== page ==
I enjoyed this, although I don’t think it’s one of the better Poirot novels I’ve read. None of the characters are particularly memorable or appealing; her characterisation would be stronger in later books in the series – maybe at this early stage she was still concentrating on developing the character of Poirot himself. In this book he has a rival – the French detective Monsieur Giraud – and we can see the contrast between their detecting methods. Poirot refers to Giraud as ‘a human foxhound’, someone who ‘sniffs out’ clues like footprints and cigarette ends while failing to see the bigger picture or to consider motive and psychology as well as physical evidence. Meanwhile, Giraud is equally scornful of Poirot’s approach to crime-solving. I’m sure I don’t need to tell you which of the two detectives will eventually solve the mystery!

I usually like the books narrated by Hastings, who is a sort of Watson to Poirot’s Sherlock Holmes. He provides a viewpoint close to Poirot, while also being as mystified as we are by Poirot’s methods and deductions. I did find him slightly irritating in this book, with his tendency to instantly fall in love with every young woman he meets, but the romantic subplot does have a purpose as it leads to Hastings departing for Argentina, only to make occasional reappearances for the rest of the series.

Overall, this is a typically clever and entertaining Christie novel, but probably not one that I’ll be tempted to re-read. As a final note, don’t be put off by the many covers of this book that show people playing golf – apart from the golf course being the location of the dead body, golf has absolutely nothing to do with the plot!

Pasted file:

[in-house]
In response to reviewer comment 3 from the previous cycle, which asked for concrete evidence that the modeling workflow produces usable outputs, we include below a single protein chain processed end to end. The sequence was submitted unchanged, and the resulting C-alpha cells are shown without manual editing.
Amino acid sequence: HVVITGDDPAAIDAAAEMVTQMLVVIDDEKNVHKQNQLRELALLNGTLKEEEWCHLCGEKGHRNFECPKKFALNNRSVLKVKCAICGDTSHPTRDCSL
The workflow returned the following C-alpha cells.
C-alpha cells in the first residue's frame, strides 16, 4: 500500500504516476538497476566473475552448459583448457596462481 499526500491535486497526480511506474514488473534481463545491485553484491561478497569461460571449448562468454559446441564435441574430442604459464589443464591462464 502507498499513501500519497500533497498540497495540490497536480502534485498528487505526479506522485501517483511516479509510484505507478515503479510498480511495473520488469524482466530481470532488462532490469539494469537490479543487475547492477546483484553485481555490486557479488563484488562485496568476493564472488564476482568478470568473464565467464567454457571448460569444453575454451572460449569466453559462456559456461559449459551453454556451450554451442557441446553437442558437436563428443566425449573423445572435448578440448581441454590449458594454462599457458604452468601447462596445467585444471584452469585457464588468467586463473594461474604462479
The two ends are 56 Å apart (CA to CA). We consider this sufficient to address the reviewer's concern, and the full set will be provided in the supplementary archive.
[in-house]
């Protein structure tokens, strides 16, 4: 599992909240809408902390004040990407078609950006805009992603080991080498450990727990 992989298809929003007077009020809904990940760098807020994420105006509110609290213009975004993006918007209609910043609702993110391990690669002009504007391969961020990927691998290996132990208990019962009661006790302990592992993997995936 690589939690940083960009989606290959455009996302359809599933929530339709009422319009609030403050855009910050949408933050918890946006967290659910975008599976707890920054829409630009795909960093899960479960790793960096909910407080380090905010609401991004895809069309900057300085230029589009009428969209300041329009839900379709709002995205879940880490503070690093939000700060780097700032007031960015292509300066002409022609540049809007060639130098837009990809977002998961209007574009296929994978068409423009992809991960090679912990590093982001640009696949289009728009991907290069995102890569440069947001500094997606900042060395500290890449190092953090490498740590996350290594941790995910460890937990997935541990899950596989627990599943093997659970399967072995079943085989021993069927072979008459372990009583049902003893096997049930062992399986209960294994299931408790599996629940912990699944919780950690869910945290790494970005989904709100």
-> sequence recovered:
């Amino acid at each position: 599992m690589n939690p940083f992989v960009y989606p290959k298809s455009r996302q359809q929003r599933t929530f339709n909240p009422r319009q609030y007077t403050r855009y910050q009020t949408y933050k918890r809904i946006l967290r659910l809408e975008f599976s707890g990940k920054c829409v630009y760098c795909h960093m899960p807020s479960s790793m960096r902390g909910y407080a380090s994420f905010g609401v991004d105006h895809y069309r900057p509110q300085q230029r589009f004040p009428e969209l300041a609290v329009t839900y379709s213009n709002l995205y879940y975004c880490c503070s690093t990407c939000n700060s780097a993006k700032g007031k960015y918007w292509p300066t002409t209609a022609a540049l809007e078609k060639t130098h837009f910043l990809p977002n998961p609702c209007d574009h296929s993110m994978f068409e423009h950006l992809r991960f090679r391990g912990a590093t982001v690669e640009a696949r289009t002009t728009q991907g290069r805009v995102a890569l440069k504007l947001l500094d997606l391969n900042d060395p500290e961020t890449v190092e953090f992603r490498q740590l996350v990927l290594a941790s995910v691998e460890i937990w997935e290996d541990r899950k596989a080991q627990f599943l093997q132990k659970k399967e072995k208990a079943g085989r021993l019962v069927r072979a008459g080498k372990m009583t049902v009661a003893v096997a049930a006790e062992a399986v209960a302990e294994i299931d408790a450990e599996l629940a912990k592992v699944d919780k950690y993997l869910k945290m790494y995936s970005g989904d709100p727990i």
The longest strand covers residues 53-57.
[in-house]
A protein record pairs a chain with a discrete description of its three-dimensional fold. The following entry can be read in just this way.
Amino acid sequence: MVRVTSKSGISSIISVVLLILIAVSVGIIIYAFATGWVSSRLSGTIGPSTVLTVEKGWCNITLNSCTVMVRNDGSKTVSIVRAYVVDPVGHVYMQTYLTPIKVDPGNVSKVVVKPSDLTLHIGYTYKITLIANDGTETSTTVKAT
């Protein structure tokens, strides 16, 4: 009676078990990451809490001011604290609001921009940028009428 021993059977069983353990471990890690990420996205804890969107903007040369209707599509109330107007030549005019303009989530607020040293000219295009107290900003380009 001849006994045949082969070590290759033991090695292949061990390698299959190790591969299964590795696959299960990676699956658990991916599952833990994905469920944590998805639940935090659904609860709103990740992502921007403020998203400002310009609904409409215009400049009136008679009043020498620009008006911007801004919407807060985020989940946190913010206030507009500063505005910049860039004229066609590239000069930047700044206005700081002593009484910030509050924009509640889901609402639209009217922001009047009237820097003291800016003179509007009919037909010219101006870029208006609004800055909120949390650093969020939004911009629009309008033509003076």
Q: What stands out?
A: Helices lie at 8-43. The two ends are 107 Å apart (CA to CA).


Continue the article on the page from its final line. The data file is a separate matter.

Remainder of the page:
After the Funeral by Agatha Christie

This month’s theme for the Read Christie 2022 challenge is ‘a story Agatha wrote abroad’. After the Funeral, a Hercule Poirot mystery first published in 1953, doesn’t include any travel and is set entirely in England, but it was written while Christie was away on an archaeological dig with her husband Max.

After the Funeral begins, as the title suggests, just after the funeral of the wealthy Richard Abernethie with the family assembling to hear the reading of the will by his lawyer, Mr Entwhistle. As he has no surviving children of his own, it seems that Richard’s fortune is to be divided between his brother and sister, two of his sisters-in-law, and several of his nieces and nephews and their spouses. After hearing the terms of the will, Cora Lansquenet, Richard’s sister, remarks that her brother was murdered. This is not something that has occurred to anyone else, as they have all accepted that Richard died of natural causes, so Cora’s comments are not taken seriously. The next day, however, Cora herself is found dead, having been brutally murdered in her bed.